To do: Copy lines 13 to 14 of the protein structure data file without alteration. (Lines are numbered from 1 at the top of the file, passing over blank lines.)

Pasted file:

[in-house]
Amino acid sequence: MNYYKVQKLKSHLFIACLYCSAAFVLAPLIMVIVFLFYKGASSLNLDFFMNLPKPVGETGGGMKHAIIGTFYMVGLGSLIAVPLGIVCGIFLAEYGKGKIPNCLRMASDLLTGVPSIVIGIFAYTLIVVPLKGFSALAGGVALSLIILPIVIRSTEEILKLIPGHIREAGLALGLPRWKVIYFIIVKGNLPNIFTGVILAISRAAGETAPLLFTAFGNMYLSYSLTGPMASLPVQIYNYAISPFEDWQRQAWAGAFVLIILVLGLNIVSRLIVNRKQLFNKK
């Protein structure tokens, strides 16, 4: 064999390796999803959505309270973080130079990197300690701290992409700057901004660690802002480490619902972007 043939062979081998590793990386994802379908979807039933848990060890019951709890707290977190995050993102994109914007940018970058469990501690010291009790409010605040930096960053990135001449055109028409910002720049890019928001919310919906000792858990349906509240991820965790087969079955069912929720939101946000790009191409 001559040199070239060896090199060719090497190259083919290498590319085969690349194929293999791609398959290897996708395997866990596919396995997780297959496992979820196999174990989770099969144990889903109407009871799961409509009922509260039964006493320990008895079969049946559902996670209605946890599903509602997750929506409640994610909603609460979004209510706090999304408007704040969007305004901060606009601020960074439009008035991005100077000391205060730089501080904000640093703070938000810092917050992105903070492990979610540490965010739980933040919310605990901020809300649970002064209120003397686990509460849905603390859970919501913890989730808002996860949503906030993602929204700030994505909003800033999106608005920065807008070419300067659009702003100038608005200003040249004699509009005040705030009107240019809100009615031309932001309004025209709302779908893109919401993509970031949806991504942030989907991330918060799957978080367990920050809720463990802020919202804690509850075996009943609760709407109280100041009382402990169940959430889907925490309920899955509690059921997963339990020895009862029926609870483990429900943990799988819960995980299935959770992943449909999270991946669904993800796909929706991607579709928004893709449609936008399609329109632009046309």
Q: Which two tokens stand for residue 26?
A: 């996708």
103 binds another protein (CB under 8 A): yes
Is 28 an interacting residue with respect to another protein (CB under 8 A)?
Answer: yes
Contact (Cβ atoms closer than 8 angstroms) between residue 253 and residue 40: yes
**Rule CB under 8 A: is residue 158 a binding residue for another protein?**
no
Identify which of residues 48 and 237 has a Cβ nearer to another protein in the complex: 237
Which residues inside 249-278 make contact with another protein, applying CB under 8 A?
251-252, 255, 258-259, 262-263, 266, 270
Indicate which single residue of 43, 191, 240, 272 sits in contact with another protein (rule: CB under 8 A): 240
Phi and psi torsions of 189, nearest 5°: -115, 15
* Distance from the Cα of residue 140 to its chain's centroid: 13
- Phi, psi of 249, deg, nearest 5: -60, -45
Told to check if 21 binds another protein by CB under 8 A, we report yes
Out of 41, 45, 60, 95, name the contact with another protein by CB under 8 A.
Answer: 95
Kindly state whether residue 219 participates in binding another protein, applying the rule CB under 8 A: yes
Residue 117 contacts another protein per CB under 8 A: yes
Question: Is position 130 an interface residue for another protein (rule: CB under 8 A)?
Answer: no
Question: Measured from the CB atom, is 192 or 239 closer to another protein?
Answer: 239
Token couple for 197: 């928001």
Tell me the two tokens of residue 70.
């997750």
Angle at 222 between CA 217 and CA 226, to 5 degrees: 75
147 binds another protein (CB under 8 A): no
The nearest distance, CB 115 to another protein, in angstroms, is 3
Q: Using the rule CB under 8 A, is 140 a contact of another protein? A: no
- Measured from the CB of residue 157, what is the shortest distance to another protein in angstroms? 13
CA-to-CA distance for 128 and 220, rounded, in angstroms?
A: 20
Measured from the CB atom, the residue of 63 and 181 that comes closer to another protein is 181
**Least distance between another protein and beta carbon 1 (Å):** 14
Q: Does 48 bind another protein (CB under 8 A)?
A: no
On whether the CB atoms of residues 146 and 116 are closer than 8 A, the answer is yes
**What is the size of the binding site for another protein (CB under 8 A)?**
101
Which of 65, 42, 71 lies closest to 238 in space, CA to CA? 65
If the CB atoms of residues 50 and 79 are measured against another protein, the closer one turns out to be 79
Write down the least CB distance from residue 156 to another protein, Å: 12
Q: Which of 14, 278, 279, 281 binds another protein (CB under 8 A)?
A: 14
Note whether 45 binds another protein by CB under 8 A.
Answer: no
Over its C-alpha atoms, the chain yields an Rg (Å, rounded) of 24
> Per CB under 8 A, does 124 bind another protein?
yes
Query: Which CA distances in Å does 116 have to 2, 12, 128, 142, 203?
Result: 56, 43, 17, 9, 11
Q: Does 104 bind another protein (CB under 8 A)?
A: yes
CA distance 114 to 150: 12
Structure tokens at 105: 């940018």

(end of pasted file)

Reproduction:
Which residues inside 249-278 make contact with another protein, applying CB under 8 A?
251-252, 255, 258-259, 262-263, 266, 270